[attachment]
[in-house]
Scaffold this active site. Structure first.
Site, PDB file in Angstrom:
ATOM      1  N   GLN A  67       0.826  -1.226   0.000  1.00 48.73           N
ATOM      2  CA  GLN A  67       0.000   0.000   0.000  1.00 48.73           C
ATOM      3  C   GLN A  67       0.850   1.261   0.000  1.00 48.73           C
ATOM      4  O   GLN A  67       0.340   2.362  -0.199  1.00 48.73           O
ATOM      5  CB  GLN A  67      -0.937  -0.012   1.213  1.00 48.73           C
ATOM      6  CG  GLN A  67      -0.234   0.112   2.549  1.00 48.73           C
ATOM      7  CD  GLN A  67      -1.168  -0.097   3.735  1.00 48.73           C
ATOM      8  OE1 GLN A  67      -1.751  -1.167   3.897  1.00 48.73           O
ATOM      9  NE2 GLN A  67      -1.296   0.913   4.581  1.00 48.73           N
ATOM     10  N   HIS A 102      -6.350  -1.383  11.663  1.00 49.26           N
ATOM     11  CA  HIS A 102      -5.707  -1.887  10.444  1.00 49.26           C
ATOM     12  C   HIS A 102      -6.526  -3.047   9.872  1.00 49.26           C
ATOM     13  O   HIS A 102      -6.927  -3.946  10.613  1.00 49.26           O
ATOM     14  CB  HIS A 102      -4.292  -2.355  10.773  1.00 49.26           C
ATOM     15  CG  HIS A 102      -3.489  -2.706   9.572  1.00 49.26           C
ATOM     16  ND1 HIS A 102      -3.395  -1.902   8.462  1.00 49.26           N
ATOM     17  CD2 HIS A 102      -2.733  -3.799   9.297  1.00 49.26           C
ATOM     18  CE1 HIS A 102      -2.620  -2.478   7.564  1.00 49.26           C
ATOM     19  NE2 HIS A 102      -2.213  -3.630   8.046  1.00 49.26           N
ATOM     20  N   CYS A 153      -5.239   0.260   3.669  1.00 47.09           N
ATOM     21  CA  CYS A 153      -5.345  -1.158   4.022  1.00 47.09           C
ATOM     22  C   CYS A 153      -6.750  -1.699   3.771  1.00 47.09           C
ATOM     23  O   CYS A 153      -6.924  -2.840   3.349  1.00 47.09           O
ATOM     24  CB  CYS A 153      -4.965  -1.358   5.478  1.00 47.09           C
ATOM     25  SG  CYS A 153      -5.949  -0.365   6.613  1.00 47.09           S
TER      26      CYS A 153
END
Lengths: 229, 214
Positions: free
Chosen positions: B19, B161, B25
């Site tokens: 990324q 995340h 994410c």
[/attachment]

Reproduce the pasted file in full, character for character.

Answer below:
[in-house]
Scaffold this active site. Structure first.
Site, PDB file in Angstrom:
ATOM      1  N   GLN A  67       0.826  -1.226   0.000  1.00 48.73           N
ATOM      2  CA  GLN A  67       0.000   0.000   0.000  1.00 48.73           C
ATOM      3  C   GLN A  67       0.850   1.261   0.000  1.00 48.73           C
ATOM      4  O   GLN A  67       0.340   2.362  -0.199  1.00 48.73           O
ATOM      5  CB  GLN A  67      -0.937  -0.012   1.213  1.00 48.73           C
ATOM      6  CG  GLN A  67      -0.234   0.112   2.549  1.00 48.73           C
ATOM      7  CD  GLN A  67      -1.168  -0.097   3.735  1.00 48.73           C
ATOM      8  OE1 GLN A  67      -1.751  -1.167   3.897  1.00 48.73           O
ATOM      9  NE2 GLN A  67      -1.296   0.913   4.581  1.00 48.73           N
ATOM     10  N   HIS A 102      -6.350  -1.383  11.663  1.00 49.26           N
ATOM     11  CA  HIS A 102      -5.707  -1.887  10.444  1.00 49.26           C
ATOM     12  C   HIS A 102      -6.526  -3.047   9.872  1.00 49.26           C
ATOM     13  O   HIS A 102      -6.927  -3.946  10.613  1.00 49.26           O
ATOM     14  CB  HIS A 102      -4.292  -2.355  10.773  1.00 49.26           C
ATOM     15  CG  HIS A 102      -3.489  -2.706   9.572  1.00 49.26           C
ATOM     16  ND1 HIS A 102      -3.395  -1.902   8.462  1.00 49.26           N
ATOM     17  CD2 HIS A 102      -2.733  -3.799   9.297  1.00 49.26           C
ATOM     18  CE1 HIS A 102      -2.620  -2.478   7.564  1.00 49.26           C
ATOM     19  NE2 HIS A 102      -2.213  -3.630   8.046  1.00 49.26           N
ATOM     20  N   CYS A 153      -5.239   0.260   3.669  1.00 47.09           N
ATOM     21  CA  CYS A 153      -5.345  -1.158   4.022  1.00 47.09           C
ATOM     22  C   CYS A 153      -6.750  -1.699   3.771  1.00 47.09           C
ATOM     23  O   CYS A 153      -6.924  -2.840   3.349  1.00 47.09           O
ATOM     24  CB  CYS A 153      -4.965  -1.358   5.478  1.00 47.09           C
ATOM     25  SG  CYS A 153      -5.949  -0.365   6.613  1.00 47.09           S
TER      26      CYS A 153
END
Lengths: 229, 214
Positions: free
Chosen positions: B19, B161, B25
């Site tokens: 990324q 995340h 994410c």